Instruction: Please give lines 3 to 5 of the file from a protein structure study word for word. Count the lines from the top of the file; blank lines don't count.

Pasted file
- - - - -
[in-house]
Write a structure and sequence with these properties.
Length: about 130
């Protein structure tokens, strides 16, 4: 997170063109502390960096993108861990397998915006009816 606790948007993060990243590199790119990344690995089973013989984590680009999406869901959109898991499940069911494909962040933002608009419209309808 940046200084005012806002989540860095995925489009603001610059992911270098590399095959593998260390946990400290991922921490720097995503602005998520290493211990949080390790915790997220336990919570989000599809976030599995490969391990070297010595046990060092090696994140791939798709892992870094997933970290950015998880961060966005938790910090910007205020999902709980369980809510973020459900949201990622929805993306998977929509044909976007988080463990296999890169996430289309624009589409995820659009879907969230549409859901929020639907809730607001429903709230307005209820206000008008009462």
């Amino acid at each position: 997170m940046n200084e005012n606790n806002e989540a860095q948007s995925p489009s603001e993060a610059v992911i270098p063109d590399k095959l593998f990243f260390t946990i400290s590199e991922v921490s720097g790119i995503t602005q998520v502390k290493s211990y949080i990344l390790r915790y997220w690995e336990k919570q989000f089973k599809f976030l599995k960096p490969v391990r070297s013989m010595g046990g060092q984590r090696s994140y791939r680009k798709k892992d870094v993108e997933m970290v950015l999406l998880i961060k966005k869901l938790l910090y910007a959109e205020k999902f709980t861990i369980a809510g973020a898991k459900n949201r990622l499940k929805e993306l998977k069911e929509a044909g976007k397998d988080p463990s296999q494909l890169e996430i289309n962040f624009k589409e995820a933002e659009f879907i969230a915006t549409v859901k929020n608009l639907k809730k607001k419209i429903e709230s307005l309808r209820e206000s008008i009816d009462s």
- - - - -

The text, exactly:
Length: about 130
């Protein structure tokens, strides 16, 4: 997170063109502390960096993108861990397998915006009816 606790948007993060990243590199790119990344690995089973013989984590680009999406869901959109898991499940069911494909962040933002608009419209309808 940046200084005012806002989540860095995925489009603001610059992911270098590399095959593998260390946990400290991922921490720097995503602005998520290493211990949080390790915790997220336990919570989000599809976030599995490969391990070297010595046990060092090696994140791939798709892992870094997933970290950015998880961060966005938790910090910007205020999902709980369980809510973020459900949201990622929805993306998977929509044909976007988080463990296999890169996430289309624009589409995820659009879907969230549409859901929020639907809730607001429903709230307005209820206000008008009462």
């Amino acid at each position: 997170m940046n200084e005012n606790n806002e989540a860095q948007s995925p489009s603001e993060a610059v992911i270098p063109d590399k095959l593998f990243f260390t946990i400290s590199e991922v921490s720097g790119i995503t602005q998520v502390k290493s211990y949080i990344l390790r915790y997220w690995e336990k919570q989000f089973k599809f976030l599995k960096p490969v391990r070297s013989m010595g046990g060092q984590r090696s994140y791939r680009k798709k892992d870094v993108e997933m970290v950015l999406l998880i961060k966005k869901l938790l910090y910007a959109e205020k999902f709980t861990i369980a809510g973020a898991k459900n949201r990622l499940k929805e993306l998977k069911e929509a044909g976007k397998d988080p463990s296999q494909l890169e996430i289309n962040f624009k589409e995820a933002e659009f879907i969230a915006t549409v859901k929020n608009l639907k809730k607001k419209i429903e709230s307005l309808r209820e206000s008008i009816d009462s």